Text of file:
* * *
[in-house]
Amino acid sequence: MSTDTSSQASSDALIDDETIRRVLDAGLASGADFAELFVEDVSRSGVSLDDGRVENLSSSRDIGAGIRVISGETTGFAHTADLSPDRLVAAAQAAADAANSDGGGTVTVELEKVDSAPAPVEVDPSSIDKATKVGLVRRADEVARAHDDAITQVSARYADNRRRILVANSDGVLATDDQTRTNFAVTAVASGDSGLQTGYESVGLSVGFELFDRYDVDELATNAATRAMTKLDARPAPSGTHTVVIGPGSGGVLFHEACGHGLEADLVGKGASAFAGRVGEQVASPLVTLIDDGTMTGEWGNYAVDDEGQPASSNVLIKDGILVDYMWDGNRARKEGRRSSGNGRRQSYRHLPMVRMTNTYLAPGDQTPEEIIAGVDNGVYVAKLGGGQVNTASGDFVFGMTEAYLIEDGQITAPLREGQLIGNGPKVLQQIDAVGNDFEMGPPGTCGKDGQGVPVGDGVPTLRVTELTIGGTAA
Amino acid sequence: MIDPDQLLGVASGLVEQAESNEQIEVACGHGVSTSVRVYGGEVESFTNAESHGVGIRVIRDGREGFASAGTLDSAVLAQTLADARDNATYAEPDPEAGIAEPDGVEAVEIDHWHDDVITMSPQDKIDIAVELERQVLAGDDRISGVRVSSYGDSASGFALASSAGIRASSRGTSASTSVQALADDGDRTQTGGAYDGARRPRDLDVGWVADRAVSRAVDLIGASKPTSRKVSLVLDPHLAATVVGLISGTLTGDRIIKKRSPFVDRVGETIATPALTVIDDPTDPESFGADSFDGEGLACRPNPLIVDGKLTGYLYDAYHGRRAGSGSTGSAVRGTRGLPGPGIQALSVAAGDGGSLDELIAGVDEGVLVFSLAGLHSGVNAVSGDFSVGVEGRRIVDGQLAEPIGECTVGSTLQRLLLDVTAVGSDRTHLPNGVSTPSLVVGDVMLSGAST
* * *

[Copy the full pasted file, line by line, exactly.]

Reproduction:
[in-house]
Amino acid sequence: MSTDTSSQASSDALIDDETIRRVLDAGLASGADFAELFVEDVSRSGVSLDDGRVENLSSSRDIGAGIRVISGETTGFAHTADLSPDRLVAAAQAAADAANSDGGGTVTVELEKVDSAPAPVEVDPSSIDKATKVGLVRRADEVARAHDDAITQVSARYADNRRRILVANSDGVLATDDQTRTNFAVTAVASGDSGLQTGYESVGLSVGFELFDRYDVDELATNAATRAMTKLDARPAPSGTHTVVIGPGSGGVLFHEACGHGLEADLVGKGASAFAGRVGEQVASPLVTLIDDGTMTGEWGNYAVDDEGQPASSNVLIKDGILVDYMWDGNRARKEGRRSSGNGRRQSYRHLPMVRMTNTYLAPGDQTPEEIIAGVDNGVYVAKLGGGQVNTASGDFVFGMTEAYLIEDGQITAPLREGQLIGNGPKVLQQIDAVGNDFEMGPPGTCGKDGQGVPVGDGVPTLRVTELTIGGTAA
Amino acid sequence: MIDPDQLLGVASGLVEQAESNEQIEVACGHGVSTSVRVYGGEVESFTNAESHGVGIRVIRDGREGFASAGTLDSAVLAQTLADARDNATYAEPDPEAGIAEPDGVEAVEIDHWHDDVITMSPQDKIDIAVELERQVLAGDDRISGVRVSSYGDSASGFALASSAGIRASSRGTSASTSVQALADDGDRTQTGGAYDGARRPRDLDVGWVADRAVSRAVDLIGASKPTSRKVSLVLDPHLAATVVGLISGTLTGDRIIKKRSPFVDRVGETIATPALTVIDDPTDPESFGADSFDGEGLACRPNPLIVDGKLTGYLYDAYHGRRAGSGSTGSAVRGTRGLPGPGIQALSVAAGDGGSLDELIAGVDEGVLVFSLAGLHSGVNAVSGDFSVGVEGRRIVDGQLAEPIGECTVGSTLQRLLLDVTAVGSDRTHLPNGVSTPSLVVGDVMLSGAST